In 2002, there was no clue that Usain Bolt would become the best 100-metre, sprinter in history. Save for a forlorn Class Three effort at Boys and Girls’ Champions two years earlier, he had concentrated on the 200 and 400 metres with much success. The penny dropped at a training camp hosted by the G.C. Foster College. The nation’s finest junior athletes were assembled at the G.C. Foster College for an ongoing training camp. It was a key plank of Jamaica’s preparation for the World Junior Championships which were set for Kingston in July 2002. Bolt lined up against many of the best junior 100-metre sprinters of the day and cleaned their clocks. Those present were stunned by his speed. It was a glimpse into his famous future. In those days, training camps were a standard part of preparation for our junior teams. In the late 1990s, stalwarts like Ian Forbes, Juliet Parkes and Brian Smith manned these camps. They ensured that our juniors faced the world’s best at their best. There was even a time when support camps were held outside of the Corporate Area, with the late Constantine Haughton sharing his expertise with those who couldn’t reach Kingston. The conversion of Melaine Walker to the 400-metre hurdles was done at camp by World Junior head coach Stephen Francis with the blessing of Walker’s high school Raymond ‘KC’ Graham after an injury had threatened her 2000 season. Walker took a bronze in the World Juniors in her new event and the rest is history. In 2002, the juniors were housed each weekend at G.C. Foster and their school coaches freely attended and shared their knowledge. The out-turn was a brilliant performance by the team when the big show rolled around. Bolt famously won the 200m. Sherone Simpson, Kerron Stewart, Anniesha McLaughlin and Simone Facey clicked to gold in the 4×100 metres. Facey and McLaughlin took silver medals in the 100m and 200m respectively, with Jermaine Gonzales and Sherul Morgan third in their respective 400-metre finals. Walker moved up to second in the hurdles, behind a world junior record by Lashinda Demus of the United States. It’s a pity that the World Junior Championships won’t come to Jamaica in 2016 but that doesn’t mean we shouldn’t prepare for it well. The aforementioned training camps have largely dropped off the calender. Where team members come from schools with self-sufficient programmes, they can arrive ready for national duty. That isn’t often the case. In 2010, distance ace Kemoy Campbell was slowed when funding for track at his school ran out after Champs. A camp, like the one that heralded the sprint future of Bolt, would likely have seen to his welfare. Perhaps, a better prepared Campbell would have advanced past the first round on the 1500-metres in the World Juniors in Moncton, Canada. Our top seniors largely have camps of their own, but our juniors suffer if left alone. Our medal haul at the World Juniors tell the story. In 2002, the team’s 11-medal performance may have been boosted by brilliant home support. Since then, the take has settled at lower levels. Jamaica garnered nine medals in 2004, eight in 2006, six in 2008, three in 2010, five in 2012 and six in 2014 at successive stagings of the Under-20 championships. This year, a three-day camp helped to prepare Jamaica’s 2015 Pan-Am Junior team for a 13-medal haul. The 2002 World Junior Championships in Kingston were wonderful. The support by a capacity audience, night after night, and the performances by the likes of Carolina Kluft, Blanka Vlasic, Meseret Defar, Darrell Brown and Bolt make it worthwhile for the authorities to consider a return to Kingston at some point in the future. In the meantime, it makes sense to prepare well for the 2016 renewal, wherever it is staged. The revival of preparatory junior camps would be a good way to get out of the blocks. – Hubert Lawrence was present at the 2002 World Juniors.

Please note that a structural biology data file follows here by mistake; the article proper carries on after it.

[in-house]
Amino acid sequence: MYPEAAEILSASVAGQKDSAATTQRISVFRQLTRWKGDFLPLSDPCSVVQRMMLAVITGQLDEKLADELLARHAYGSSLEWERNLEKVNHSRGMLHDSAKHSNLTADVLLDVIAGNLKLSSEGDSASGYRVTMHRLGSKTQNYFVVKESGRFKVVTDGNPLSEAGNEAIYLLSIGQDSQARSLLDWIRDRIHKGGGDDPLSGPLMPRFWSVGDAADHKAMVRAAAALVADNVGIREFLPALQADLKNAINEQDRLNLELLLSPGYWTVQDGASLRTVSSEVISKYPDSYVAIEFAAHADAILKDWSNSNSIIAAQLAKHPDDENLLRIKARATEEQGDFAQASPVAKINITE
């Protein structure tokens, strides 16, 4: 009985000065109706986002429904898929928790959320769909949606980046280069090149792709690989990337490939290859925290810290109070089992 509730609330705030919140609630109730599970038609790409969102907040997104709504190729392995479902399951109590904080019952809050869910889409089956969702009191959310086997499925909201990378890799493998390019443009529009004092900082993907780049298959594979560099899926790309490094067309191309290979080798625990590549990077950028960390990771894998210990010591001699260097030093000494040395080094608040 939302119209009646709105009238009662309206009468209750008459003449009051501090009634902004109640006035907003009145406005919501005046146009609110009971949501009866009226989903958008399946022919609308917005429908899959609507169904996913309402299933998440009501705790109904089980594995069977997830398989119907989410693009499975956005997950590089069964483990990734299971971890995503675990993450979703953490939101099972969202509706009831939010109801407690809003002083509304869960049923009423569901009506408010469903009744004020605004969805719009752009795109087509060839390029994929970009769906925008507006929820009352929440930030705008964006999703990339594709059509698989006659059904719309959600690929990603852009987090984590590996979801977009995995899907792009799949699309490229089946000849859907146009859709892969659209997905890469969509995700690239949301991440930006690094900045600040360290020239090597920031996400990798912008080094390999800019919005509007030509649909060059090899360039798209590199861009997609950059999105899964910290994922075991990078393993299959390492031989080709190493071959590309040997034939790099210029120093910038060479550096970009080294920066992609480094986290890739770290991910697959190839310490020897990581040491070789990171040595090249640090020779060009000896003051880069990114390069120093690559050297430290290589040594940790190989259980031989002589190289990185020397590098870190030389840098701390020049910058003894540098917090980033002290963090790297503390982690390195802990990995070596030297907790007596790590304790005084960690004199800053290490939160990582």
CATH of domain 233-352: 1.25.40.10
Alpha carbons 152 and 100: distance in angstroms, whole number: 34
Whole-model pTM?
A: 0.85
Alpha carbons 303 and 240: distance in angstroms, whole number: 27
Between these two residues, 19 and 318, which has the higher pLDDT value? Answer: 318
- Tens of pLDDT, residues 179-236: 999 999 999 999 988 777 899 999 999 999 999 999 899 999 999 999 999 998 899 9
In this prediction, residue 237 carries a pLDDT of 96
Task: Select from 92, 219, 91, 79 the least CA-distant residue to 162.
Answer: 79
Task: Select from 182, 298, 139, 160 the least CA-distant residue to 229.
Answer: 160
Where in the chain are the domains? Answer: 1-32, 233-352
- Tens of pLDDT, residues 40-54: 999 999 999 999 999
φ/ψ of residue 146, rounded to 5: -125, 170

With his focus firmly fixed on being at his best in time for the Olympics in Rio this summer, 2012 NCAA discus champion Chad Wright has been spending time with his old schoolmates and high school coach, hoping to be razor sharp this season.This is all part of his plan to achieve the Olympic qualifying standard of 65 metres before May, compete on the international circuit, and then make the top 12 in Rio.The 24-year-old senior at the University of Nebraska has been training with his former Calabar teammates Fredrick Dacres, Traves Smikle, and Basil Bingham and others since late December 2015.”I figured I had to train a different way this year. For most of last season, I had been training mostly by myself, and someone once told me that in order to become a lion, you have to train with them, so I figured I would train at least two months training down here with the lions,” said Wright, who has been taking his classes at Nebraska online in the meantime.While he was a student at Calabar, Wright was among a group of successful throwers who helped redefine how field events, more specifically the throws, were viewed by a sprint-crazy Jamaican fan base.NUMEROUSTITLESDuring that period, Dacres won the World Youth and World Junior titles in 2011 and 2012, respectively, while Smikle won a World Youth bronze medal in 2010.Wright, the 2009 CARIFTA champion, has been working under the watchful eye of his high school coach, Julian Robinson, and has said that the focus has been primarily on improving his technique.”It’s kind of like how you have to work out a better delivery system for water, so I am pretty much working on a better delivery system to translate my gym strength into throwing far,” said Wright, who is majoring in mathematics.He revealed that so far, the friendly rivalry between him and his former high school teammates has been bearing fruit.”It’s the constant competition every day, where you can’t afford for them to be beating you up because they are going to come the next day and they’re going to bring it up as soon as they see you, so you have to shut them up,” said the 2013 CAC discus champion.The five-time All-American was among three discus throwers who represented Jamaica at the World Championships in Beijing, China, last summer, a first for the country. He said getting to compete in China proved to be a great learning experience that he believes will help him get to Rio in August.”It was a lesson for me because I went into the meet not fully prepared because I never planned anything because I wasn’t sure I would make it,” he said. It is a mistake he does not intend to make again.Wright is scheduled to leave the island early next month.